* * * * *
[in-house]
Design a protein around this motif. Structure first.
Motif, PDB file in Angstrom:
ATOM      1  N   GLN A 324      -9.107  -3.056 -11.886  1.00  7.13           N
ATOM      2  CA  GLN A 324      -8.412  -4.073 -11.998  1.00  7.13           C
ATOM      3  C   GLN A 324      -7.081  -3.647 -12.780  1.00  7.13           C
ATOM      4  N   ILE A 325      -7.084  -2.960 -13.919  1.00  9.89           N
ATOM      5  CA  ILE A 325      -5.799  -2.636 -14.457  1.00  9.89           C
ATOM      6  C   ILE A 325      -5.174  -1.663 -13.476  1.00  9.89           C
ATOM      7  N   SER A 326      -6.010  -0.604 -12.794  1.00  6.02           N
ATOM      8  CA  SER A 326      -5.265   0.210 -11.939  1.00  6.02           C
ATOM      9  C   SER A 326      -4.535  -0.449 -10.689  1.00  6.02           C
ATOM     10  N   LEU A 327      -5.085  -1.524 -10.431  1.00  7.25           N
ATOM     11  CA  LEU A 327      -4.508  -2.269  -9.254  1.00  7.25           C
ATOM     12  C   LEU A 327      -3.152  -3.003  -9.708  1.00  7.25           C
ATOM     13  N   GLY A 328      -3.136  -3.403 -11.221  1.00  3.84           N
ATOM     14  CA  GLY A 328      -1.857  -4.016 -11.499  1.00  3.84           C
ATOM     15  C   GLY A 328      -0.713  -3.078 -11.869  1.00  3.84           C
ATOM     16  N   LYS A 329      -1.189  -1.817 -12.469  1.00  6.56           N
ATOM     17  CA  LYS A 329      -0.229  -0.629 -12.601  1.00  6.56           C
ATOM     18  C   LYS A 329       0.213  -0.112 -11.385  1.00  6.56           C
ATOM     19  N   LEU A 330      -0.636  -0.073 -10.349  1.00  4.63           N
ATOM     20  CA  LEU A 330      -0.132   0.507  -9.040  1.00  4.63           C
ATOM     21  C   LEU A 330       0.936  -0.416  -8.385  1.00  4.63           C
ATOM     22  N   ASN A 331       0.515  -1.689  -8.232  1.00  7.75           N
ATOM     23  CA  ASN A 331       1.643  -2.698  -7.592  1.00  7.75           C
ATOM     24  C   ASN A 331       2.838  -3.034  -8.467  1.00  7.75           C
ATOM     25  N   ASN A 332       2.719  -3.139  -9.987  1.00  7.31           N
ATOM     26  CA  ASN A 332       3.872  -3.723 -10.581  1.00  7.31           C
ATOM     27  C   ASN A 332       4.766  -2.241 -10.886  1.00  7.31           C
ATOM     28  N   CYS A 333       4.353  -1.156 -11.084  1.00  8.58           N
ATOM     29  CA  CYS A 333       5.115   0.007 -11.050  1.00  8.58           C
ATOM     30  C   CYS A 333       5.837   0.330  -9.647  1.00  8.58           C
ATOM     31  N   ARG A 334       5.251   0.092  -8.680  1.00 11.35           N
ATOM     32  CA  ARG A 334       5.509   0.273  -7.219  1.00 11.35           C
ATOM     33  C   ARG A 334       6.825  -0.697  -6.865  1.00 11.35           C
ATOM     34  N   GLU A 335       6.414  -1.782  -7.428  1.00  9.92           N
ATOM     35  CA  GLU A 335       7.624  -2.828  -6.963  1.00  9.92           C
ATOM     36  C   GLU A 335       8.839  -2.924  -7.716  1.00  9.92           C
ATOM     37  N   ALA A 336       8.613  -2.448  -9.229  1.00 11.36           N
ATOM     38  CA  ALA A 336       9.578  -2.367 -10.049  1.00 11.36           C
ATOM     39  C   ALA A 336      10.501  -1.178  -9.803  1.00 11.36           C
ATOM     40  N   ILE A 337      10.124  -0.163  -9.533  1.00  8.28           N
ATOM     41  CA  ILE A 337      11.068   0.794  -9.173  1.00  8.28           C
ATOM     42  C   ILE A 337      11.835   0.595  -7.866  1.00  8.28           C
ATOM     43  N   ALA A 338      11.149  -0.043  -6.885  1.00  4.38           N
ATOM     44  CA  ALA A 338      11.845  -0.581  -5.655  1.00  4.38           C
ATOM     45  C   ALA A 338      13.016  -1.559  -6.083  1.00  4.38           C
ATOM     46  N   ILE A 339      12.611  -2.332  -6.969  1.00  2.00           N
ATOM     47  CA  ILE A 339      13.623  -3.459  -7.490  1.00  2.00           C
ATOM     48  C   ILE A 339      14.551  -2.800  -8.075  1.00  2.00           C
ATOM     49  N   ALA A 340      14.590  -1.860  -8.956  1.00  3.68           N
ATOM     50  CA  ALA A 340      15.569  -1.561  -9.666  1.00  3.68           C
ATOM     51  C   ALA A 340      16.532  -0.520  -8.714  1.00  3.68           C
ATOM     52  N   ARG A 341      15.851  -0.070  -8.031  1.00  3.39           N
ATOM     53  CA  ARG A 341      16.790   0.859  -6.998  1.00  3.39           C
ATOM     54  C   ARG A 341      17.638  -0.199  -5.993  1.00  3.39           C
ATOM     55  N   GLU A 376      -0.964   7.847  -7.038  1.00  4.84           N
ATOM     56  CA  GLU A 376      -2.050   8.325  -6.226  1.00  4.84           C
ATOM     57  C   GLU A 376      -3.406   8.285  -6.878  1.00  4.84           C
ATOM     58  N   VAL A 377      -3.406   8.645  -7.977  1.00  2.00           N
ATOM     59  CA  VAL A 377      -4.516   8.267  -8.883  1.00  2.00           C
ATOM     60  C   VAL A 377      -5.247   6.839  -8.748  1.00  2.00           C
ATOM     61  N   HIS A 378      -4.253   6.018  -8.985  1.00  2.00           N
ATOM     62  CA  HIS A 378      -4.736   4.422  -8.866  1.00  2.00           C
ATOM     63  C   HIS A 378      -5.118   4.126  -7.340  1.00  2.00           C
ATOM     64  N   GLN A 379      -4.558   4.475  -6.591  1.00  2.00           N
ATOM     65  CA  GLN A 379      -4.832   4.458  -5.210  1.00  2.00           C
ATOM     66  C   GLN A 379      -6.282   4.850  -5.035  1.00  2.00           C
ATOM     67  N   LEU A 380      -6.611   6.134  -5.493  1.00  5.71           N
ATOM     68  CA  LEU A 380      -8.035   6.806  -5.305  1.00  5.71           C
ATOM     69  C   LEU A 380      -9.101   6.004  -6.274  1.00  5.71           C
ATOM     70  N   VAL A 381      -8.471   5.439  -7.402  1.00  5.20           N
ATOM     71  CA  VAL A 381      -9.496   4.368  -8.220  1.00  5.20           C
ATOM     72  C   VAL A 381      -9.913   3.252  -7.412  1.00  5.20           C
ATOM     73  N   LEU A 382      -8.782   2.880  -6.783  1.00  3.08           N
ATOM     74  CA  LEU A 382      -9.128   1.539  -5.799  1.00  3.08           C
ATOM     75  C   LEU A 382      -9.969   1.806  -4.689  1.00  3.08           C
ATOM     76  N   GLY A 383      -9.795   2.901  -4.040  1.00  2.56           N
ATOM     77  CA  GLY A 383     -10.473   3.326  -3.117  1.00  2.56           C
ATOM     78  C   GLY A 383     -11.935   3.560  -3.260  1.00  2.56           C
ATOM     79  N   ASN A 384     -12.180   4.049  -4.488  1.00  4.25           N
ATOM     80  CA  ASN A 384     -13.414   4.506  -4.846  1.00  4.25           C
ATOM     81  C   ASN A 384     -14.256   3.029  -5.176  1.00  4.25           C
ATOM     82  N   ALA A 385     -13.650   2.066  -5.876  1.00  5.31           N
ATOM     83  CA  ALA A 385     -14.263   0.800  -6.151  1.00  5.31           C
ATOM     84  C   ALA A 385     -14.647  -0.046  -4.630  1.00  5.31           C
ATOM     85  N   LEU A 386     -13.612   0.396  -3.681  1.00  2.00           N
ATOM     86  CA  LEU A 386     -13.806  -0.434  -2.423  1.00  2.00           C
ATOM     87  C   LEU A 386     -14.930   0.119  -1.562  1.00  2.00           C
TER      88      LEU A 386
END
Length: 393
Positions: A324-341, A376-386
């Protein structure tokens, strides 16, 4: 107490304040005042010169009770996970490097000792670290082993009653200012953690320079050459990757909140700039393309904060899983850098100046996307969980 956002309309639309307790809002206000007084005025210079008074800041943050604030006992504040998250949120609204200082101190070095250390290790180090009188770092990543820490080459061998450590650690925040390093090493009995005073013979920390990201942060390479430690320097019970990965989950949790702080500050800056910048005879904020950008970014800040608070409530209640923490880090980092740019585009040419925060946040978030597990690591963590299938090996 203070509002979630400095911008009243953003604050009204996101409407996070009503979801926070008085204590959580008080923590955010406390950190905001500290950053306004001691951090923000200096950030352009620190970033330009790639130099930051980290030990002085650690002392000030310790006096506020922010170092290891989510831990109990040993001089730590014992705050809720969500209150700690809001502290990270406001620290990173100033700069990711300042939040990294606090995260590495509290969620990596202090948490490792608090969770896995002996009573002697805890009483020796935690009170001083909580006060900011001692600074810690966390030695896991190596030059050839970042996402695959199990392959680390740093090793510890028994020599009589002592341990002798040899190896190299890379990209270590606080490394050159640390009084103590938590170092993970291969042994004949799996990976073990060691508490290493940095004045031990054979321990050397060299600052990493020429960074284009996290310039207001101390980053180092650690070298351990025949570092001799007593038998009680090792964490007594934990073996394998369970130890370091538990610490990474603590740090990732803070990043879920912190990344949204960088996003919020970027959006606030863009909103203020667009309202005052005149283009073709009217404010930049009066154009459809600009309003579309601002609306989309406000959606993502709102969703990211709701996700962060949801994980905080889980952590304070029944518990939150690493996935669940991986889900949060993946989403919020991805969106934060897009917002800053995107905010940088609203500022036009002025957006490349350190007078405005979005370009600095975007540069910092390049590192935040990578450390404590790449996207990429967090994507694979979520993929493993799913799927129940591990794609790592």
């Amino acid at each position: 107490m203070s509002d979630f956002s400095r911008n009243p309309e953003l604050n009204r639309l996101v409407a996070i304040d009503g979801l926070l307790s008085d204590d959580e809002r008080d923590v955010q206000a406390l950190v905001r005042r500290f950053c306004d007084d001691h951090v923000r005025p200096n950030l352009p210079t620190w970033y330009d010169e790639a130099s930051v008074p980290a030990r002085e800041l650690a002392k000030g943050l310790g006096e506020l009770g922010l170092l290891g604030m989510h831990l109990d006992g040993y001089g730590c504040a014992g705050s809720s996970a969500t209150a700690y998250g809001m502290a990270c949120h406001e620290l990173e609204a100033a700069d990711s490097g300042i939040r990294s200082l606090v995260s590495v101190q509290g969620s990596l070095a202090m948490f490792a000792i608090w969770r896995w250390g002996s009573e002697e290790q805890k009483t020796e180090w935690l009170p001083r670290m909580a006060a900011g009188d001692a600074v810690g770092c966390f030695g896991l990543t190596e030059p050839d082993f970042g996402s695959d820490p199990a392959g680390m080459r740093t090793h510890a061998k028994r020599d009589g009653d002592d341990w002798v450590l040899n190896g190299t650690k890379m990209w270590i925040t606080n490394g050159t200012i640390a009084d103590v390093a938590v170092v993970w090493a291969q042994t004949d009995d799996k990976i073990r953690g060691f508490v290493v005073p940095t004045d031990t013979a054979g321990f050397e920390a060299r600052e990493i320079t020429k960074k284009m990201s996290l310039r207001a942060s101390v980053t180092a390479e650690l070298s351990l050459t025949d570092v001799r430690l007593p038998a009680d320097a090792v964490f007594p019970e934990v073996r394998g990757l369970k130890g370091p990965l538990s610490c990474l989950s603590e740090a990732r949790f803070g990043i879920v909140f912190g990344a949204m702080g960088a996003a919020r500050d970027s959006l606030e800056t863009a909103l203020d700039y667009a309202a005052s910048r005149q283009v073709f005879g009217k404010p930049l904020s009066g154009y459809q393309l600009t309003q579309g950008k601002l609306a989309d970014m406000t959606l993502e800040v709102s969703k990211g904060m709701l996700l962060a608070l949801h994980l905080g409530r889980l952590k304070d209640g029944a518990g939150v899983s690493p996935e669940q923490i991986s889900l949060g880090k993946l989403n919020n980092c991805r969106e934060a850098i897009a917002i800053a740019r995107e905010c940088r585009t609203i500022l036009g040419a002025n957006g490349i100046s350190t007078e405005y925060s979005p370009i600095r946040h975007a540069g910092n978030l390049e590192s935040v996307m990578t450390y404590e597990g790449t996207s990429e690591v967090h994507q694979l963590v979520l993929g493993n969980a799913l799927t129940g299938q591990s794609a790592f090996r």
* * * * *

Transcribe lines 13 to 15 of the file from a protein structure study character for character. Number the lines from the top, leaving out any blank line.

ATOM     10  N   LEU A 327      -5.085  -1.524 -10.431  1.00  7.25           N
ATOM     11  CA  LEU A 327      -4.508  -2.269  -9.254  1.00  7.25           C
ATOM     12  C   LEU A 327      -3.152  -3.003  -9.708  1.00  7.25           C